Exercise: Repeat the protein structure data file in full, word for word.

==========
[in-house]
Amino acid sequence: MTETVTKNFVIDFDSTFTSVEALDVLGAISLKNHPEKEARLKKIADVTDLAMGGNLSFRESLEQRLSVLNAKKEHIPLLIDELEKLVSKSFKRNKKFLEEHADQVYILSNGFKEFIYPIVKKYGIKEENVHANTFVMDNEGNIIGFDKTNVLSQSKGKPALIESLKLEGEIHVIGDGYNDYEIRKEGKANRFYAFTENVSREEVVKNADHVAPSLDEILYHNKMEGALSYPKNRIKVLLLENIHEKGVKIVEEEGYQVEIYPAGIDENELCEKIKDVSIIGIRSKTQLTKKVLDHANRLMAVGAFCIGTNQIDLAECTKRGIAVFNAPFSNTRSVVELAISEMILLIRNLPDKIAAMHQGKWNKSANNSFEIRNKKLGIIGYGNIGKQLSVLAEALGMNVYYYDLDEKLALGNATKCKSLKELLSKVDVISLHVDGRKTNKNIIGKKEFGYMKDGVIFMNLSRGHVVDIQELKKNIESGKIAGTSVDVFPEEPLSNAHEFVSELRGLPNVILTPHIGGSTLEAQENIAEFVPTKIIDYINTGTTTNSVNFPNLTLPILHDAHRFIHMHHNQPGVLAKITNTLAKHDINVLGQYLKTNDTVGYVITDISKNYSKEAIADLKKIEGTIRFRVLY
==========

[in-house]
Amino acid sequence: MTETVTKNFVIDFDSTFTSVEALDVLGAISLKNHPEKEARLKKIADVTDLAMGGNLSFRESLEQRLSVLNAKKEHIPLLIDELEKLVSKSFKRNKKFLEEHADQVYILSNGFKEFIYPIVKKYGIKEENVHANTFVMDNEGNIIGFDKTNVLSQSKGKPALIESLKLEGEIHVIGDGYNDYEIRKEGKANRFYAFTENVSREEVVKNADHVAPSLDEILYHNKMEGALSYPKNRIKVLLLENIHEKGVKIVEEEGYQVEIYPAGIDENELCEKIKDVSIIGIRSKTQLTKKVLDHANRLMAVGAFCIGTNQIDLAECTKRGIAVFNAPFSNTRSVVELAISEMILLIRNLPDKIAAMHQGKWNKSANNSFEIRNKKLGIIGYGNIGKQLSVLAEALGMNVYYYDLDEKLALGNATKCKSLKELLSKVDVISLHVDGRKTNKNIIGKKEFGYMKDGVIFMNLSRGHVVDIQELKKNIESGKIAGTSVDVFPEEPLSNAHEFVSELRGLPNVILTPHIGGSTLEAQENIAEFVPTKIIDYINTGTTTNSVNFPNLTLPILHDAHRFIHMHHNQPGVLAKITNTLAKHDINVLGQYLKTNDTVGYVITDISKNYSKEAIADLKKIEGTIRFRVLY